# Simulating fluwids

Nerd sniping. It doesn't apply only to mathematical puzzles, and the victim doesn't have to be another person. It's not uncommon to nerd snipe oneself with a nifty programming idea. Especially one that looks simple enough to turn into a working demo in a matter of hours, if not minutes.

This is a story of how I decided to have a working fluid simulation later in the evening.

This article uses MathML for rendering equations. If you don't see any, consider using a browser that can display maths, like Firefox.

## Divergence

The idea entered my consciousness as I was daydreaming about cells floating in liquids, to give Breedmatic a biological special effect. As I considered what makes things flow, I was struck with a realization: a simple flowing fluid can be modelled with one equation!

If we simulate the fluid flow as a vector field *F*, then any volume *V* inside it satisfies our first equation:


where ** is the normal vector to the surface *S*.

In simpler words, we can slice the fluid into any volume *V*, but the outflow of fluid is always going to be 0.

This itself is derived from the **divergence formula**:


Divergence is essentially the measure of the amount of "fluid" coming out from a given volume. Except in this case, the volume is infinitely small, and divergence is defined at any *point* inside the vector field.

Can you see how simple and powerful the concept is? Fluid into = fluid out of. We could easily create a grid representation of a 2D fluid that upholds this property. Start with a trivial grid, then subdivide it cleverly… until a large and pretty flowing vector field is formed. Piece of cake, that shouldn't take more than 1 hour of work.

## The grid

I took inspiration for the computer representation of the map from wind forecasts. Like this example from meteo.pl:

Baltic Sea and neighboring lands overlaid with wind barbs between 5 and 25 knots. Most of them point East, but on the Eastern shore they turn North This map uses wind barbs to indicate wind strength and direction in each cell of the underlying grid.

If we use square cells, it becomes a straightforward computer analogue of a vector field, with one important difference: the cell size inside a vector field is infinitely small. Computers can't do that (easily), but it's good enough for me.

A grid with an arrow in every cell The grid keeps the direction of flow in every cell.

Our first equation still needs to be upheld here, and not just in an abstract form. The easiest way to do that is to use one of the many formulas approximating divergence on a grid that we can find online. They have the advantage of being simple to calculate, operating on just 4 neighboring cells. Instead of writing them down, I will show what they calculate:

A grid with 4 cells in a square. with distances between the start and the end of each arrow marked with a letter. a to d Caption reads "div=a+b+c+d" Divergence is approximated by 4 components, one for each field. Each says how much the flow points outward of the middle of the group of 4 cells, and then they are summed up.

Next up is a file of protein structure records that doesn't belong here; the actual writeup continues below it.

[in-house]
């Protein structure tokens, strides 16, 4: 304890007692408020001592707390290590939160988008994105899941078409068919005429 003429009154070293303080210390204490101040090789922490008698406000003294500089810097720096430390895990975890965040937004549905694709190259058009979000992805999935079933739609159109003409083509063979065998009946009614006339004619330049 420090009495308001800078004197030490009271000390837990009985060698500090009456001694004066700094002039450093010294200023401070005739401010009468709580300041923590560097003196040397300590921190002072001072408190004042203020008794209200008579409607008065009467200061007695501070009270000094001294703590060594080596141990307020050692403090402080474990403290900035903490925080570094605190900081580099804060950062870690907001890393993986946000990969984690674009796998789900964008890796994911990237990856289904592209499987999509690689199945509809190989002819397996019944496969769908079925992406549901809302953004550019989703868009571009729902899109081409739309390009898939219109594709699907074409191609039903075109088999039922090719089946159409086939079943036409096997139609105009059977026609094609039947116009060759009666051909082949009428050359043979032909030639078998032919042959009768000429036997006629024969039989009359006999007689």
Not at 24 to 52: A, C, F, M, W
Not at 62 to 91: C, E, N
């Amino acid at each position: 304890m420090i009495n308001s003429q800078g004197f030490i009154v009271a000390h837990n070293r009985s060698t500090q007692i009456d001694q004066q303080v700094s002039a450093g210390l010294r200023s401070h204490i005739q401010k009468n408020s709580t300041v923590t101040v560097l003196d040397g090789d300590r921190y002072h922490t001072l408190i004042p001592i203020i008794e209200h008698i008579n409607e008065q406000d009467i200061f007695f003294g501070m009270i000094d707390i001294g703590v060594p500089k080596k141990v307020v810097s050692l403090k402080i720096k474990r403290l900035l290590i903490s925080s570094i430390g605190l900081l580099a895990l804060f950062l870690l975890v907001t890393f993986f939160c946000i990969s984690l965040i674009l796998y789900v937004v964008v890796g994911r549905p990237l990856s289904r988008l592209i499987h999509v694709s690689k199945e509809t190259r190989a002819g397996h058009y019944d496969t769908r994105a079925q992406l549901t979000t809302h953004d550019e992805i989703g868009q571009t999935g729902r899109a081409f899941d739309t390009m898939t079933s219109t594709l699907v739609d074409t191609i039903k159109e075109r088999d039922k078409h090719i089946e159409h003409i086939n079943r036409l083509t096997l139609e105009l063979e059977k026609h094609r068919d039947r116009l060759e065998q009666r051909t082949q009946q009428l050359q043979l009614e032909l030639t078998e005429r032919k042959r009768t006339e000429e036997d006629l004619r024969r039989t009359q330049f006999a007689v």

Our goal is to keep the inwardness of the arrows equal to their outwardness. Simple, right?

Writing this project, I made a couple of mathematical assertions that I can't be bothered or am not able to prove. One of those is wrong, can you spot it before the grand reveal?

**Assertion 1** enter stage right.

That if divergence = 0 in every possible group of 4 neighboring cells on the grid, then it's not possible to find any set of cells where divergence ≠ 0.

I think it's reasonable, because groups of 4 neighboring cells are overlapping, and cover the entire fluid together with their divergence = 0 guarantee. If it's false, then divergence could appear on a larger scale without appearing on a smaller scale first.

*Correction:* There is a hidden mistake here, that nevertheless doesn't affect algorithms as described in this post. Imagine a grid of cells where those in odd rows flow left, and those in even rows flow right. Taking each pair, the divergence is 0, but take 3 of them, and there will be 2 of one kind and 1 of the other. Unbalanced, and diverging! A better formulation should state:

**Assertion 1 (corrected)**

If divergence = 0 in every possible group of 4 neighboring cells on the grid, then it's not possible to find any set of cells where divergence ≠ 0, if that set is made of non-overlapping groups of 4 neighboring cells.

If we consider only pieces with 0 divergence, then the collection of them obviously has 0 divergence too.

Thanks to Roman for pointing it out.

## Building the grid

We have an equation which is defined on a 4-group. How do we create a grid of size, say, 16×16 cells while maintaining the equation? Obviously, divide and conquer.

Start with a single 4-group. Insert some flow between the cells. Split it while maintaining the equation, and then insert some extra flow. Rinse, repeat.

A 2×2 grid with zero flows gains some flows, and then turns into a 4×4 grid with 4 big flows, one in each quadrant. Finally, the 4×4 grid gets a separate flow in each cell.

Unrolling this step by step, we start with a group of 4 undisturbed cells of fluid flow.

4 cells in  rows, each with a zero symbol inside.

There is no flow, so divergence = 0 and our requirement is maintained. So far so good. But how do we introduce some flow into it? A fluid that doesn't flow makes for a boring simulation indeed.

Introducing stir. Notice that divergence will not be changed if the fluid keeps flowing in circles, no matter how fast, so let's do that:

4 cells in arrows chasing each other, marking that no arrow points outwards. Each arrow has a letter "a" to "d" next to it, and all are =0. Caption says "div=a+b+c+d=0" Flow in a stirred 4-group.

Great, now let's split it and cross the boundary from a 2×2 grid into a 4×4 world. We need new assertions here:

**Assertion 2**: if a single cell is split into 4 cells all of the same flow, the resulting 4-group has 0 divergence.

This seems straightforward to me. First, a single cell in our model cannot have any divergence. Fluid comes in, fluid goes out. Making it bigger doesn't change anything, the flow is still straight through.

**Assertion 3**: when a grid of 0 divergence can be split into 4-cells by turning each cell into 4 identical ones, the resulting divergence stays 0.

This one reaches a bit farther, but it's essentially the same principle: making a small thing bigger doesn't change the basic properties of the whole.

A grid of 4 arrows turns into a grid of 16 arrows, with each quadrant having only 1 kind of arrow. This is what the grid looks like after splitting.

With assertions stated, we can do the stirring again:

A 4×4 grid with curly arrows embracing each intersection point between grid lines. We stir around each middle point, each with a different force.